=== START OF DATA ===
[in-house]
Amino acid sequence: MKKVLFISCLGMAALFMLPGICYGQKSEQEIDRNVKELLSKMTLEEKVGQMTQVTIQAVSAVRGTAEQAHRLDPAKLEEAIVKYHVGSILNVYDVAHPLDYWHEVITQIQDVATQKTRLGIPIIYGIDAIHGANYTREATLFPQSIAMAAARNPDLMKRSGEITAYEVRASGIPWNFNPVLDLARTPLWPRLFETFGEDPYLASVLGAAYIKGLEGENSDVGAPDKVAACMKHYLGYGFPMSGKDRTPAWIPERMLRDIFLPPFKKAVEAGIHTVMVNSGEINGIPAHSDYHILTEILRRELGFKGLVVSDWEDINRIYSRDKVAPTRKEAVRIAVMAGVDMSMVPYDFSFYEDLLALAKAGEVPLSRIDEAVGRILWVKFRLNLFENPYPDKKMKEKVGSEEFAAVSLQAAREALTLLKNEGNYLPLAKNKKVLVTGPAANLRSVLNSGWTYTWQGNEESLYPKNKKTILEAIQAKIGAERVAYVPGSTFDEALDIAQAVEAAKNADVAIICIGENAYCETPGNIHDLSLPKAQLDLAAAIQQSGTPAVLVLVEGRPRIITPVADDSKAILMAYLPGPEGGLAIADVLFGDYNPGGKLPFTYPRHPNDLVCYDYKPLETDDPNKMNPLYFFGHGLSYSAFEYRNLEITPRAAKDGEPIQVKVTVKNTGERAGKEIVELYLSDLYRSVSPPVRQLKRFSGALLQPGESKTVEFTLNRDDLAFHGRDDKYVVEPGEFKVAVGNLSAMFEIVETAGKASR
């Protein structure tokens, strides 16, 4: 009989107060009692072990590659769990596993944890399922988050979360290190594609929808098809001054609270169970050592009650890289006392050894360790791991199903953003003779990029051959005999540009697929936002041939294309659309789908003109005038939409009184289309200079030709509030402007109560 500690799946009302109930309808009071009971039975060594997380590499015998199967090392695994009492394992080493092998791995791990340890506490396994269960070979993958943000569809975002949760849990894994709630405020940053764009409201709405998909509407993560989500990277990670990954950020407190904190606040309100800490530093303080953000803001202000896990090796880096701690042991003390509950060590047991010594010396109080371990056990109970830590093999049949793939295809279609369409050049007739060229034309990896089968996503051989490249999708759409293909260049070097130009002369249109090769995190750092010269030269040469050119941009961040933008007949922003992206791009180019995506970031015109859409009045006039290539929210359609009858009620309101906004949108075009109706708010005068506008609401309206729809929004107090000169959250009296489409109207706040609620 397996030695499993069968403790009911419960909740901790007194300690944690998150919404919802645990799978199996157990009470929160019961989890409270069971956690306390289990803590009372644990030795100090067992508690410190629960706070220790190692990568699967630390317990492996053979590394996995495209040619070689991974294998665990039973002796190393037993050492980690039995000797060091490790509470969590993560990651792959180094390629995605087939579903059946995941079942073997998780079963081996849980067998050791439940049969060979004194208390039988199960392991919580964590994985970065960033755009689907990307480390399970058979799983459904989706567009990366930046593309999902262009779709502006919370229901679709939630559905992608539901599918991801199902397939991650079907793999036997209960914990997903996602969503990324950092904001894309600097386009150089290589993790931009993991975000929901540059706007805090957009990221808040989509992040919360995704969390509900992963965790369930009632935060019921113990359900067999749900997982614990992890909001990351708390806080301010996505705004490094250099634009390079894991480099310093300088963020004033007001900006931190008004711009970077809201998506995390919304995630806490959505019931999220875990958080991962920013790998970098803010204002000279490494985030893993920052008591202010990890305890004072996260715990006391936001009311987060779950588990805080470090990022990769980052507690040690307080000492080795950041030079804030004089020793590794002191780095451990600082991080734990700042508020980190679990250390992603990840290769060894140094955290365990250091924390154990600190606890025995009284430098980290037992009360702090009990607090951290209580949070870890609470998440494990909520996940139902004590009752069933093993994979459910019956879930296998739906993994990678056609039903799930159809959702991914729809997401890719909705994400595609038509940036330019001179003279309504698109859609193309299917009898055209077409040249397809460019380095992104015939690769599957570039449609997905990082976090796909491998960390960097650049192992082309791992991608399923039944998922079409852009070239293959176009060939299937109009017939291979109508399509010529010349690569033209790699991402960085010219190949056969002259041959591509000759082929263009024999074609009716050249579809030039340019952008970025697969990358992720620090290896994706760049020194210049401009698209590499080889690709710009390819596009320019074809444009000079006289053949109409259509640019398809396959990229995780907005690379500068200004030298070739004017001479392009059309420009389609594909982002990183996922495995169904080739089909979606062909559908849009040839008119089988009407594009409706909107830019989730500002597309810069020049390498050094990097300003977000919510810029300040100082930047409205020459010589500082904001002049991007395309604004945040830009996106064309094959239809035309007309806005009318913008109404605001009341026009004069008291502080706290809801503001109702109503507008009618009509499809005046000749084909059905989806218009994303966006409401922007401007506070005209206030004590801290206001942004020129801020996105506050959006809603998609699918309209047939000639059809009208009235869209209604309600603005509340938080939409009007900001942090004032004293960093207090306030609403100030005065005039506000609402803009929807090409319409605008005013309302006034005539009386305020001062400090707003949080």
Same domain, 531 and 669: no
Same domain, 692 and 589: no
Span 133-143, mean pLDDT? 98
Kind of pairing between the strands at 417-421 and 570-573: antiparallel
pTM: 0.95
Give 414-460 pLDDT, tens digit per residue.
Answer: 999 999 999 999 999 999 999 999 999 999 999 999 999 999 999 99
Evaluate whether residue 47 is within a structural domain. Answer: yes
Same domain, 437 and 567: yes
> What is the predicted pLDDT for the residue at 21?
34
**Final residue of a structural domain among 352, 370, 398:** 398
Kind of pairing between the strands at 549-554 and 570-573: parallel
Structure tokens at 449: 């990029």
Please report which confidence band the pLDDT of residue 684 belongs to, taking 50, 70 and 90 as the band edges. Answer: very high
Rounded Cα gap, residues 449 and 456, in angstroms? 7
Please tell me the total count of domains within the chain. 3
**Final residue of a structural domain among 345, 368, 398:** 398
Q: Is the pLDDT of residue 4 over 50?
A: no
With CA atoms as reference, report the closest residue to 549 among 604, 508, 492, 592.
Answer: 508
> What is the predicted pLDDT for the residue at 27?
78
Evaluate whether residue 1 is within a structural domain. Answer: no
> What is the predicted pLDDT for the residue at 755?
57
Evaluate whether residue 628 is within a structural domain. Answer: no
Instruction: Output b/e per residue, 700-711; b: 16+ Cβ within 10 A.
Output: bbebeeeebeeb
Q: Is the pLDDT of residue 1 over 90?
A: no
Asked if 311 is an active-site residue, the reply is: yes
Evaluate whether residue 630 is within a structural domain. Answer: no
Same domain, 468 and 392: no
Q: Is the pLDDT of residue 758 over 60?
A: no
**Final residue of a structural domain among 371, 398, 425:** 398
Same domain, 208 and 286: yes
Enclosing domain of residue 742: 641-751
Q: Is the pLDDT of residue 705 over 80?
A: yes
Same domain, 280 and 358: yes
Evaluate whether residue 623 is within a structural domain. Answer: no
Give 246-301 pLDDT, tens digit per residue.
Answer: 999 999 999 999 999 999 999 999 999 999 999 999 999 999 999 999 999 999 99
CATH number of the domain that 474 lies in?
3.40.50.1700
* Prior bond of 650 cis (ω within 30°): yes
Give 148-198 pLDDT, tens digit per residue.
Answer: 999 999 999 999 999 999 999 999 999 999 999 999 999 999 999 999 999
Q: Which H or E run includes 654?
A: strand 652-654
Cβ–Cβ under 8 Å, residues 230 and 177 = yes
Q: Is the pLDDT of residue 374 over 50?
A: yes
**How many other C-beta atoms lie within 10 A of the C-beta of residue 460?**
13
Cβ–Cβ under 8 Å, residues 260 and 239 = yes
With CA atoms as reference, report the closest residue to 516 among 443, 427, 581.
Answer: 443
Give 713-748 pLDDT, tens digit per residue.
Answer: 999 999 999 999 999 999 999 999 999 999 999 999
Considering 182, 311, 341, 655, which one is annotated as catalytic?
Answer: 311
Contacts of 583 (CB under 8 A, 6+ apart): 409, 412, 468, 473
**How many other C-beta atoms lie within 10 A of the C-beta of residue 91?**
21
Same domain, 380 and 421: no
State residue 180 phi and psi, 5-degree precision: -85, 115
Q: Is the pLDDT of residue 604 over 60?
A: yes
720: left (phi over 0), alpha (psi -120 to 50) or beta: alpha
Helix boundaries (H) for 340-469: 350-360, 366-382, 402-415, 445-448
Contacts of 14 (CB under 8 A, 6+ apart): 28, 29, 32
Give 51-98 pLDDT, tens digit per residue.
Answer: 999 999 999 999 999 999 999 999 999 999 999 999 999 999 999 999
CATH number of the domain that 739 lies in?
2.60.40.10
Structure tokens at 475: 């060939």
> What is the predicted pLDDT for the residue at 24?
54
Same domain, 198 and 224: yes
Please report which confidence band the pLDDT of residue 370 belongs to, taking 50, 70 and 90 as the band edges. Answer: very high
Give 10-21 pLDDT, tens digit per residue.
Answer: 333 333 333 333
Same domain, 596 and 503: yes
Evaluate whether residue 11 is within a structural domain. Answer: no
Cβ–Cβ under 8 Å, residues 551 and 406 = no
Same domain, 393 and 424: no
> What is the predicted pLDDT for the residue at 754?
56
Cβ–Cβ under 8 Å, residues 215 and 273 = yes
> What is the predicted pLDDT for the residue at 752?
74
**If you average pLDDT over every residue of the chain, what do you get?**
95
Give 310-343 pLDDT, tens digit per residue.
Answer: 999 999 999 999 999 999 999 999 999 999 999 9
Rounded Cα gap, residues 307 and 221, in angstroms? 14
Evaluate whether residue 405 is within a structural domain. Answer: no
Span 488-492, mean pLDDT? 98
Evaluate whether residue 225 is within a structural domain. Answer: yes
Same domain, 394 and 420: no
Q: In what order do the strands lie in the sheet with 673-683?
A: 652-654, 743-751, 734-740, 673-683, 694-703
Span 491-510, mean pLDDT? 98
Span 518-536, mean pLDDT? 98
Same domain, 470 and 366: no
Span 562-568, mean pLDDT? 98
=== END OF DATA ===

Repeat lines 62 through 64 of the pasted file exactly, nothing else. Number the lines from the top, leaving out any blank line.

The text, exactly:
Cβ–Cβ under 8 Å, residues 260 and 239 = yes
With CA atoms as reference, report the closest residue to 516 among 443, 427, 581.
Answer: 443